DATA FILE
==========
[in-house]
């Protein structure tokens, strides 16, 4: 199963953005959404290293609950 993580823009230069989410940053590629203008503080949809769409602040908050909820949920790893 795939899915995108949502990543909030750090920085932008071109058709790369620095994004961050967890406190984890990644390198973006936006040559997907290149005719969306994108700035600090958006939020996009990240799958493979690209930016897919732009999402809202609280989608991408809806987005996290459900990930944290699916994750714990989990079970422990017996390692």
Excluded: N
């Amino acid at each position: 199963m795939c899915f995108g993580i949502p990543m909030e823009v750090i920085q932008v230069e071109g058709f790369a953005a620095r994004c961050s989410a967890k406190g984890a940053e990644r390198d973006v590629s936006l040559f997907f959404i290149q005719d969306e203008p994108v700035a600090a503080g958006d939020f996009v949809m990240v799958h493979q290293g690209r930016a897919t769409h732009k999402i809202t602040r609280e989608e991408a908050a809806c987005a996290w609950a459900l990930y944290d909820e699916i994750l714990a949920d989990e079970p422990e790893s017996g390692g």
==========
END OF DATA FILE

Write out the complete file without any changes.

[in-house]
């Protein structure tokens, strides 16, 4: 199963953005959404290293609950 993580823009230069989410940053590629203008503080949809769409602040908050909820949920790893 795939899915995108949502990543909030750090920085932008071109058709790369620095994004961050967890406190984890990644390198973006936006040559997907290149005719969306994108700035600090958006939020996009990240799958493979690209930016897919732009999402809202609280989608991408809806987005996290459900990930944290699916994750714990989990079970422990017996390692």
Excluded: N
């Amino acid at each position: 199963m795939c899915f995108g993580i949502p990543m909030e823009v750090i920085q932008v230069e071109g058709f790369a953005a620095r994004c961050s989410a967890k406190g984890a940053e990644r390198d973006v590629s936006l040559f997907f959404i290149q005719d969306e203008p994108v700035a600090a503080g958006d939020f996009v949809m990240v799958h493979q290293g690209r930016a897919t769409h732009k999402i809202t602040r609280e989608e991408a908050a809806c987005a996290w609950a459900l990930y944290d909820e699916i994750l714990a949920d989990e079970p422990e790893s017996g390692g």